For Ignatius, love is shown in deeds not words. Faculty hope that students are impelled to move beyond knowing to action−action that is for the welfare of society. It is our role as faculty to see that opportunities are provided that will challenge the imagination and exercise the will of the students to choose the best possible course of action to flow from and follow up on what they have learned. Through experiences that have been reflected upon, students make the truth their own and serve others. Faculty help students to consider their

experience from a personal, human point of view, while remaining open to where the truth might lead.


Ignatian pedagogy aims at formation, which includes but goes beyond academic mastery. Here we are concerned about students' well-rounded growth as persons for others. Traditional ongoing academic evaluation can alert faculty to possible needs for use of alternative methods of teaching; it also offers special opportunities to individualize encouragement and advice for academic improvement for each student. On the other hand, periodic evaluation of the student's growth in attitudes, priorities, and actions consistent with being a person for others is essential. Faculty should foster relationships of mutual trust and respect which set a climate for discussion and growth. Useful evaluative processes include mentoring and reviews of student journals, as well as student self-evaluation in light of personal growth profiles, leisure time activity, and voluntary service to others. Internal or external feedback may serve to launch the learner once again into the cycle of the Ignatian learning paradigm.

What is the challenge?

Consistent use of the Ignatian paradigm can help the growth of a student:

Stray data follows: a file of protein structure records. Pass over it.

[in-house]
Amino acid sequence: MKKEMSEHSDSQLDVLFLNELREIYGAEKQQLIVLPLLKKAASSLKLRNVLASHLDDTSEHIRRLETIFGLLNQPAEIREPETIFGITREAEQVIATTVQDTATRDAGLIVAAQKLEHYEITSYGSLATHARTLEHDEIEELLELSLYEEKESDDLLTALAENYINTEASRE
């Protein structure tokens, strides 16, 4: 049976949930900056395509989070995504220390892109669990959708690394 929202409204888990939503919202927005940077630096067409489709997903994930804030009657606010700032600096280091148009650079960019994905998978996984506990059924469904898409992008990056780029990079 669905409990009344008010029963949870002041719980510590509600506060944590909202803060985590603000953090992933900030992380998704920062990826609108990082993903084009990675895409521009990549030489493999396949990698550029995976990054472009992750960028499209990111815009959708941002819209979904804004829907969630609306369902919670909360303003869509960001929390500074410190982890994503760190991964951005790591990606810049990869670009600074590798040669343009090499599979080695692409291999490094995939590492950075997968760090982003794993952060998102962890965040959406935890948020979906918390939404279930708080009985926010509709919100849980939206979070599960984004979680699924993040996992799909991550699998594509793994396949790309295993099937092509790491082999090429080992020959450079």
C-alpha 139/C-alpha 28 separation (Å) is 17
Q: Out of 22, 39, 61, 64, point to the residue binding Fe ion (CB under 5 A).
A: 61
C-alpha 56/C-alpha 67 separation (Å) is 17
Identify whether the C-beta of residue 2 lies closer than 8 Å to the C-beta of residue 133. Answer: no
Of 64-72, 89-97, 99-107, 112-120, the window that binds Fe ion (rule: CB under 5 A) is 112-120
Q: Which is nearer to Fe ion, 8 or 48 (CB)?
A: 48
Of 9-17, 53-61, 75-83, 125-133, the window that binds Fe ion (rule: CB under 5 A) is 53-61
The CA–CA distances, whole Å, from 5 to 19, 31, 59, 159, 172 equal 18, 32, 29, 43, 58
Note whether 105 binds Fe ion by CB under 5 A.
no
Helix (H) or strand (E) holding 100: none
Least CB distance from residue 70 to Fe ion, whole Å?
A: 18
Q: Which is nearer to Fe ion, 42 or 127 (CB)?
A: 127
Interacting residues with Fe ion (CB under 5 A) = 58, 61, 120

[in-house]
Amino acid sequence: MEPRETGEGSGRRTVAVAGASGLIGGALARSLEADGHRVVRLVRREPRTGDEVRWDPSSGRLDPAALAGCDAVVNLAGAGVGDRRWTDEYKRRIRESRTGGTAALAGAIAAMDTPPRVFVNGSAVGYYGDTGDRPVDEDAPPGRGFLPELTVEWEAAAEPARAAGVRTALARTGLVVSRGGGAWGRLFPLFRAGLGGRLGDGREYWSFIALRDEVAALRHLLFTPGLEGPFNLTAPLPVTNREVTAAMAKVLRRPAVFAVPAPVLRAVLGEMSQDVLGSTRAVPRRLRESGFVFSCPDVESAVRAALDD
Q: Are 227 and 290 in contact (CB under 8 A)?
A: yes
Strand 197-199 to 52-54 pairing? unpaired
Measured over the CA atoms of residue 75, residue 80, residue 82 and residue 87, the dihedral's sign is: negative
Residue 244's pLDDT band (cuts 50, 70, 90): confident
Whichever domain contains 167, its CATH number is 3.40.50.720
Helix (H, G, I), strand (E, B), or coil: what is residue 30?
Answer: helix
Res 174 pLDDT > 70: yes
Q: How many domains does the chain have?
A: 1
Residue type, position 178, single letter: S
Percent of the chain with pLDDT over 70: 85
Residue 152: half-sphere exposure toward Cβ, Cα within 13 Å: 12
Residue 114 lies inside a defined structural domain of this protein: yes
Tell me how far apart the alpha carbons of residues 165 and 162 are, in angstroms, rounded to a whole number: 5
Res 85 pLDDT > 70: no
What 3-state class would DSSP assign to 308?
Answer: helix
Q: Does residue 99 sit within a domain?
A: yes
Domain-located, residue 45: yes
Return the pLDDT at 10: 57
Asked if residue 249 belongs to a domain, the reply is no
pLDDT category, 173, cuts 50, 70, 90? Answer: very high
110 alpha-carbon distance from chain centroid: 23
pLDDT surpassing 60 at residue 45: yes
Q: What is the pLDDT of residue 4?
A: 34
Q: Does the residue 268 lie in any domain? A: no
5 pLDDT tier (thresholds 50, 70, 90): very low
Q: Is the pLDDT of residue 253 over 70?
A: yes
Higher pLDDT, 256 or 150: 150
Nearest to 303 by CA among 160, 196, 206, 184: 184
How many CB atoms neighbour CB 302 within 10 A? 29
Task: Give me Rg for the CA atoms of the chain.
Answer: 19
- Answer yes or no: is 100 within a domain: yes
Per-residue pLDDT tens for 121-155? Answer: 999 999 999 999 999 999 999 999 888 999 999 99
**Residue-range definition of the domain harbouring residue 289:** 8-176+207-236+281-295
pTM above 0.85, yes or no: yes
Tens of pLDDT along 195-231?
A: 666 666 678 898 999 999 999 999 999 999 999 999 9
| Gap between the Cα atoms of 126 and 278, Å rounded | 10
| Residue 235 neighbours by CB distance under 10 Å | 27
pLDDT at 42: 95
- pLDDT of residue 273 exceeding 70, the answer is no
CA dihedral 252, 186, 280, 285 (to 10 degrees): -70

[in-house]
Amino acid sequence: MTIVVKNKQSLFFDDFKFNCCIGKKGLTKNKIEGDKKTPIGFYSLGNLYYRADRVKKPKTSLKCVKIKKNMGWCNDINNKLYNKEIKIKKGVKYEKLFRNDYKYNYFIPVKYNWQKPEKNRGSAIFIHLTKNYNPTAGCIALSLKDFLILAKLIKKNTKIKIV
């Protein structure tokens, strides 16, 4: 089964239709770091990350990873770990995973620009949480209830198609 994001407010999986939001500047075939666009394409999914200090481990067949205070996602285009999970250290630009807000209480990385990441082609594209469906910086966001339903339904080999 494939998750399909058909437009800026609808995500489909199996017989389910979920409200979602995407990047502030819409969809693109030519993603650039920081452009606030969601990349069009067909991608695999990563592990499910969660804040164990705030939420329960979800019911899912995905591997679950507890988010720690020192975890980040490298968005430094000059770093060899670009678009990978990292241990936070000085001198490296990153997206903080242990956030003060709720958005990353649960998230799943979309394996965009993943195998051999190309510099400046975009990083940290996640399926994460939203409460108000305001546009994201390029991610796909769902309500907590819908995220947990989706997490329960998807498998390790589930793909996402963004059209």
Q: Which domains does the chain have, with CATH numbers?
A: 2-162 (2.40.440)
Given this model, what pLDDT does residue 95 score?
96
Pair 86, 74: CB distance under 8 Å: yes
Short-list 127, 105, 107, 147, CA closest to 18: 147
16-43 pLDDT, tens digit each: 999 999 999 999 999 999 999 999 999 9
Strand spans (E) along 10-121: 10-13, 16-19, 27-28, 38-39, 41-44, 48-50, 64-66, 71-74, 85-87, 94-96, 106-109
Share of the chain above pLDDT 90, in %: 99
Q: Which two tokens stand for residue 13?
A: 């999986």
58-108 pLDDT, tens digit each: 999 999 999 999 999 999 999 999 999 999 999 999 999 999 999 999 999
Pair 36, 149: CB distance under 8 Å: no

• who will gradually learn to discriminate and be selective in choosing experiences
  • who is able to draw fullness and richness from the reflection on those experiences
  • who becomes self-motivated by his or her own integrity and humanity to make conscious, responsible choices.


In addition, and perhaps most importantly, consistent use of the Ignatian paradigm can result in the acquisition of life-long habits of learning which foster attention to experience, reflective understanding beyond self-interest, and criteria for effective action. Such formative effects were characteristics of Jesuit alumni in the early Society of Jesus. They are perhaps even more necessary for responsible citizens of the third millennium.


The Ignatian pedagogical paradigm applies to all curricula and students of all ages, places and backgrounds, is fundamental to the teaching-learning process in and out of the classroom, helps faculty be better teachers, personalizes learning, and stresses the social dimension of both teaching and learning. The challenge for faculty, therefore, is to find ways to bring the Ignatian pedagogical paradigm to the subjects we teach and the programs we run, knowing that it needs to be adapted and applied to our own specific situations. Through this process we will find ways to accompany our students on their journeys of becoming fully human persons.

JEASA Secretariat

New Delhi 110 003

22 July 2018